Tuesday, 24 April 2012

Beating The House

Lucky For Some: Sky Casino and the National-led Government are cutting a deal on pokie machines - but only because we, the voters, continue to tolerate the gambling industry. If we really cared about the harm gambling causes, we'd shut the casions down and smash the pokies to smithereens.

IT’S ONE of the more memorable scenes in Godfather II. As Michael Corleone scrambles to flee Havana, Castro’s revolutionaries invade the Mob’s casinos and begin hurling one-armed bandits (a.k.a pokie machines) on to the street.

The poor have no difficulty in identifying the things that make their lives harder and more miserable: and pokie machines, neighbourhood liquor outlets and loan-sharks are all up there at the top of the list.

It’s why Hone Harawira’s Mana Party is so unequivocal on the issues of gambling, substance abuse (including alcohol and tobacco) and loan-sharking. It’s also why Stephen Joyce is absolutely right when he argues that if Labour and the Greens had the courage of their convictions they would announce that any future government in which they served would simply cancel all current casino licences – even at the cost of thousands of jobs.

There’s a reason why organised crime has always been involved in gambling: it’s because the House never loses. Owning a casino is like owning your very own mint. It’s a licence to print money.

And don’t be fooled by all those James Bond movies, in which gambling is presented as the glamorous pastime of the obscenely wealthy. It’s not. The profits of gambling do not come from the wealthiest, but from the poorest, members of our society.

The gambling industry feeds upon the desperation of those who have run out of options; on the dreams of those condemned to wade through the sewage at the base of our social pyramid. It fastens itself upon those communities foolish enough to offer themselves up as hosts, deposits it deadly seeds, and then, like the creature from Alien, explodes from its incubator in the form of alcoholism, fraud, theft, domestic violence, child neglect and suicide.

These are the true costs of the deal currently being negotiated between the Ministry of Economic Development and Auckland’s Sky City Casino. The latter may not be demanding a monetary subsidy from the Government, but, implicit in its offer is an understanding that we, the taxpayers, will carry the social costs arising from the additional 350-500 extra pokie machines the casino is demanding.

And we, the taxpayers, get this – even if Messrs Key and Joyce do not. We understand that this is not just a normal commercial deal. We know that along with the money, misery is changing hands. Like the slave merchants of old Savannah, we are exchanging gold for human flesh and blood; gold for human suffering. And that is wrong.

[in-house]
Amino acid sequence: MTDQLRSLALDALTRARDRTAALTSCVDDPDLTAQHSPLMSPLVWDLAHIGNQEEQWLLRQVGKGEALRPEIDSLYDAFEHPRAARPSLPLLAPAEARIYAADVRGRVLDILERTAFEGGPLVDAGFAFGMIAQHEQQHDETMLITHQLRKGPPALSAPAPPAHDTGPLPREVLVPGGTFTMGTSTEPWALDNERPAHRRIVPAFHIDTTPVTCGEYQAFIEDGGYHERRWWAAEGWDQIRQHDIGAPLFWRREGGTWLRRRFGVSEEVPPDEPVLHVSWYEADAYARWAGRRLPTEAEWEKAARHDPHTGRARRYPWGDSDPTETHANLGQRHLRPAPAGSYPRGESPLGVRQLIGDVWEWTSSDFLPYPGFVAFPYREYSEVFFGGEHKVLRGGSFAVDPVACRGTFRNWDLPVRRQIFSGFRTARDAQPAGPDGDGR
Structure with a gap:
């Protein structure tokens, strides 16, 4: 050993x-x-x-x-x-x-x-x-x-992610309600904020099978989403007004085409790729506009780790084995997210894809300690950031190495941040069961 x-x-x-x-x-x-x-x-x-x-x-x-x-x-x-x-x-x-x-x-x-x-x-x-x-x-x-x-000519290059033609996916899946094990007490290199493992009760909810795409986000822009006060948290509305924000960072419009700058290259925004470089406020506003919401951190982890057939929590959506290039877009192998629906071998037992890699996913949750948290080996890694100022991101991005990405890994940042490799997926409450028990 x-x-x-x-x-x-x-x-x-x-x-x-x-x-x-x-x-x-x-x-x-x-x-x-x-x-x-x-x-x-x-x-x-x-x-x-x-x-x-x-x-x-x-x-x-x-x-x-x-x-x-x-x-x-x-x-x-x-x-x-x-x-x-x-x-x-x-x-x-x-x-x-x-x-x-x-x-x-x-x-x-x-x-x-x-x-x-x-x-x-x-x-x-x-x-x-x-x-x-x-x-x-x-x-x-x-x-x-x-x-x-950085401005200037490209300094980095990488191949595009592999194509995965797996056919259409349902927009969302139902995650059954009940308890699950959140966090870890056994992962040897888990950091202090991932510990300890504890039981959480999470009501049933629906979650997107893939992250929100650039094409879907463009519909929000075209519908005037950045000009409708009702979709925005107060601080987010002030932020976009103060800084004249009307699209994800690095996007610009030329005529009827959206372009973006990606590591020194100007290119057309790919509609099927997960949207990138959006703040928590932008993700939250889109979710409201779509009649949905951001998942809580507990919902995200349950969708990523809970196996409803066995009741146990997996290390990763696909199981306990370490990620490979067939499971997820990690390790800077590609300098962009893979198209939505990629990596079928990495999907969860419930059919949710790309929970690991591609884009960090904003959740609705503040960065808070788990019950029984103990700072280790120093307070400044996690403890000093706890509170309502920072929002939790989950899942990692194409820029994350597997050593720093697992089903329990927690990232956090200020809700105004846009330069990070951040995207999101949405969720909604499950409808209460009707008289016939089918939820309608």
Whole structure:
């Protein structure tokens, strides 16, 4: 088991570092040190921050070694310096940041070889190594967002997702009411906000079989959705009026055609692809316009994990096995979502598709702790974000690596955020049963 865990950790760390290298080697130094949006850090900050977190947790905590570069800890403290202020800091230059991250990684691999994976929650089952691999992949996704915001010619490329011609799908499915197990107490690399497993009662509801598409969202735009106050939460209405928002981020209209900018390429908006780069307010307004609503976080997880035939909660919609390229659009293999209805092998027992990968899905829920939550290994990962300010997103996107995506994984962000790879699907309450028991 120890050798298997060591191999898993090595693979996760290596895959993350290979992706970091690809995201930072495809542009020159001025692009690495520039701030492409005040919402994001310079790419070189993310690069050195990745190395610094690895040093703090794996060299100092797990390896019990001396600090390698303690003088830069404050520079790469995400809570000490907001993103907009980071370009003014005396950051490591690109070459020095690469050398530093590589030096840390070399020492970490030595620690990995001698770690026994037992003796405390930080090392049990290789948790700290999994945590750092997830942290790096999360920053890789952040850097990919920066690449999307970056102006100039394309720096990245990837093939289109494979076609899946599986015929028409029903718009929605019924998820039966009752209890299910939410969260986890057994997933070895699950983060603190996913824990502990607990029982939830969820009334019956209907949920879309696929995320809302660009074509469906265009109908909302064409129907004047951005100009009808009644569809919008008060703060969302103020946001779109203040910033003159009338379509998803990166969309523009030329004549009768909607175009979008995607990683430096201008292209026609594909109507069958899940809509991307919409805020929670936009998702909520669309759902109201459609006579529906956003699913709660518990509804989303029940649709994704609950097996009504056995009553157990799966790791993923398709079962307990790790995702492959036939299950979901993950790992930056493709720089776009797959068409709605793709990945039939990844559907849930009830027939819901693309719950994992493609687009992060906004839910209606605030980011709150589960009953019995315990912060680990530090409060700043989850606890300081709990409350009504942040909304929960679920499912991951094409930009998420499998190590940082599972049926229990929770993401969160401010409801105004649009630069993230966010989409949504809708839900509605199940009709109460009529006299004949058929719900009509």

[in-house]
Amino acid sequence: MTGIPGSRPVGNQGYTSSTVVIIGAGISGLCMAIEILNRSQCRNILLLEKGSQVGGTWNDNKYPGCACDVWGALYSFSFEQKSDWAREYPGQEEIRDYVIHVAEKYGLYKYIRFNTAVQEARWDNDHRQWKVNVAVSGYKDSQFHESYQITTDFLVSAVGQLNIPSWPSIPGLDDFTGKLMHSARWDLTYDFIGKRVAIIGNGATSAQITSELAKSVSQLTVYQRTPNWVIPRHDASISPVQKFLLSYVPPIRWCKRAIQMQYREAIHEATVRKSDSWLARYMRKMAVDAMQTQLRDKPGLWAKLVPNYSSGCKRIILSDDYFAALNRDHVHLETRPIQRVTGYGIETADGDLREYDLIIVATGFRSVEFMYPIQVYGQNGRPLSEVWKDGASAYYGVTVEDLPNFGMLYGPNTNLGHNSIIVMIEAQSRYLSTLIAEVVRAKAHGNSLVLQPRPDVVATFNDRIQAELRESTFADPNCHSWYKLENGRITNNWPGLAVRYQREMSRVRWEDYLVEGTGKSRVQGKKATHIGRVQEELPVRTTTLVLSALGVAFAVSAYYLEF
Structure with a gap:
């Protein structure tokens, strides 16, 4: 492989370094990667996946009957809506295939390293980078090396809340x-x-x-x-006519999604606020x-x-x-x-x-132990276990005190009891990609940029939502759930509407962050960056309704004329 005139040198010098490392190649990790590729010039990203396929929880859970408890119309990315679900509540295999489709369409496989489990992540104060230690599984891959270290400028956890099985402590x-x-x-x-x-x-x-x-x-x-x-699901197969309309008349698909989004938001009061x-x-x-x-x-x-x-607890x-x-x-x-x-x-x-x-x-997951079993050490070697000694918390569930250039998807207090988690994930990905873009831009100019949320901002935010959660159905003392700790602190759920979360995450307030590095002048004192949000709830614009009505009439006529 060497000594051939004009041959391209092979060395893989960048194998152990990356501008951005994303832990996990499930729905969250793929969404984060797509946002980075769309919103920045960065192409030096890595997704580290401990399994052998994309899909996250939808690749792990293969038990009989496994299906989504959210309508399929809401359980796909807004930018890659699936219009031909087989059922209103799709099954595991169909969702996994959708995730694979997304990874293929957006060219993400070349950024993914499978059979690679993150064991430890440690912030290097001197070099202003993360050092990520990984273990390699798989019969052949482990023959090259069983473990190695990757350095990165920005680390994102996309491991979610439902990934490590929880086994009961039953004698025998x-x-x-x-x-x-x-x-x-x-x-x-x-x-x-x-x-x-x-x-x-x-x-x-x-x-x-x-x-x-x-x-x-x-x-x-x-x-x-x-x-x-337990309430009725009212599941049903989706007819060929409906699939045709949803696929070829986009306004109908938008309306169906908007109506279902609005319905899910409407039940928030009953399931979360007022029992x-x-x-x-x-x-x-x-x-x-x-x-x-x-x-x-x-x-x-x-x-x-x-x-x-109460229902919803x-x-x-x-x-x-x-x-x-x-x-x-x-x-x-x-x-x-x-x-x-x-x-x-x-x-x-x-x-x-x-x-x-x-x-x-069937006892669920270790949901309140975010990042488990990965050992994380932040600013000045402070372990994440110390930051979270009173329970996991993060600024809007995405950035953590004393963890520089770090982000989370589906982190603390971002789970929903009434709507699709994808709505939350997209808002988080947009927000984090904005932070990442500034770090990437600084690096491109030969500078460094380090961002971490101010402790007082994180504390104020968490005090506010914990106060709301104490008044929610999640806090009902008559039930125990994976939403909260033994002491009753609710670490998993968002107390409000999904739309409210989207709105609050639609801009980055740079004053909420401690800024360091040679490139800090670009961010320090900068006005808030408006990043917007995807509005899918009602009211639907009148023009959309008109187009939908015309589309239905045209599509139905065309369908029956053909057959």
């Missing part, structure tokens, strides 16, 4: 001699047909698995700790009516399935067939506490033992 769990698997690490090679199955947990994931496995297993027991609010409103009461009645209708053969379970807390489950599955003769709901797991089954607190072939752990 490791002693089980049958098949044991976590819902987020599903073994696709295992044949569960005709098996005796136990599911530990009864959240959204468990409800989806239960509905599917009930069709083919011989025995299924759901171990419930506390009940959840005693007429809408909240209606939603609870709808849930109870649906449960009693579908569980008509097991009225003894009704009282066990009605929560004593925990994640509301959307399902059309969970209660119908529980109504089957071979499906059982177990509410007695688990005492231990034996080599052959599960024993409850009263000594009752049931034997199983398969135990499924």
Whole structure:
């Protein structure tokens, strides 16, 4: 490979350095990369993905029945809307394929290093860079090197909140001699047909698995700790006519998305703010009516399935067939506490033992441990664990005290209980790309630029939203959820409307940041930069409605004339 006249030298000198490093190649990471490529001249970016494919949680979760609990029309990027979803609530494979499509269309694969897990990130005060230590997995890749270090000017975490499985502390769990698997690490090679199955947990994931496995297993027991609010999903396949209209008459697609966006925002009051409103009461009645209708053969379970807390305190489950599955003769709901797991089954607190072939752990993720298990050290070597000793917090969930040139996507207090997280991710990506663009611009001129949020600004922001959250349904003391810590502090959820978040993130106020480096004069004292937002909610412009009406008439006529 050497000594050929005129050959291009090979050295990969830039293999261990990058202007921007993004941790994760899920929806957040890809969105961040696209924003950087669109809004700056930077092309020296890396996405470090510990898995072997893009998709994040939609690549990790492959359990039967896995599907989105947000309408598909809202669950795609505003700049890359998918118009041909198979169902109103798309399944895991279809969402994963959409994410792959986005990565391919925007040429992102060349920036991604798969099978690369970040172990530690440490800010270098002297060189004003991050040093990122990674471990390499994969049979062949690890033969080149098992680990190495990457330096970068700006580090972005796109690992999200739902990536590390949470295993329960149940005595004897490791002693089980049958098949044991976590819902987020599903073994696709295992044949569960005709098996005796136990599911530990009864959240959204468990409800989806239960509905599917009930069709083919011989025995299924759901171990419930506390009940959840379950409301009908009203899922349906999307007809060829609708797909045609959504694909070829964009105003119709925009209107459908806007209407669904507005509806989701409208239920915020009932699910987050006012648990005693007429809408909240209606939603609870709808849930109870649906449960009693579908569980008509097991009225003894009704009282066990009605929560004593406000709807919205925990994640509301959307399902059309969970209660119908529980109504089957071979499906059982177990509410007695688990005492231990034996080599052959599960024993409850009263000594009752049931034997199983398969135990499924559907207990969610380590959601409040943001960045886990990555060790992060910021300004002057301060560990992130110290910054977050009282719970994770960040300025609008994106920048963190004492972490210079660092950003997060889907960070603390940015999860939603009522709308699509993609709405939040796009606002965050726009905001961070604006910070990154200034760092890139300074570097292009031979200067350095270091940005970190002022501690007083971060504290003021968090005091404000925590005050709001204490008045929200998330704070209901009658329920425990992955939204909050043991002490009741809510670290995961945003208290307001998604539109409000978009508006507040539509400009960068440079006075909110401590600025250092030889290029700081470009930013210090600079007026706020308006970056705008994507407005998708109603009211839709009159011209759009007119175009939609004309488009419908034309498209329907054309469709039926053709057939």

And because it’s wrong; because we’re not quite ready to characterise the Government’s actions (which, in a functioning democracy, means our own actions) in such stark and morally unambiguous terms; we (in the form of the Opposition parties) are casting about for some other way to express our outrage at the proposed Sky City deal.

It’s why we’re hearing so much about the “selling of New Zealand law” and how destructive that’s going to be of our legislature’s integrity. Poppycock! To make things happen on the economic development front New Zealand’s Parliament has never hesitated to pass enabling legislation. What, pray tell, was the Clyde Dam Empowering Act (1982) if not enabling legislation? Special bills for special people is an aspect of the Westminster parliamentary tradition that goes all the way back to the Enclosure Acts of the Seventeenth and Eighteenth Centuries.

No, that line of argument will not do. The reason why nearly three-quarters of New Zealanders (according to TV3’s polling) don’t like the Sky City deal is because, deep down, we know that the legalisation of casinos and the introduction of pokie machines (the “crack cocaine” of gambling addiction) was a Faustian bargain that imperilled our very souls.

Because the Devil is nothing if not clever. He sweetened (and continues to sweeten) the deal with honeyed talk of “assisting the community” with the “proceeds” of gambling. He invites us to consider what would become of our philanthropic organisations without the support of Pub Charity? What would become of our sports teams?

“Just imagine,” he says, with furrowed brow and glittering eye, “how much extra tax we’d all have to pay without the pokies!”

And we, feeling that twinge in our hip-pocket nerve, hang our heads and sign on the dotted line of Mephistopheles’s smouldering parchment.

It will take genuine moral courage from the leadership of the Labour Party, and true guts from the Greens, to join with Hone Harawira and Mana in saying that some jobs aren’t worth having. Closing the casinos and banning pokies would be an upending act – a revolutionary decision to send the sewage flowing upwards, for a change.

And the poor would cheer to see the gambling bosses scuttling for the airport in their black limousines. The sound of thousands of shattering pokie machines ringing in their ears.

This essay was originally published in The Press of Tuesday, 24 April 2012.

11 comments:

Olwyn said...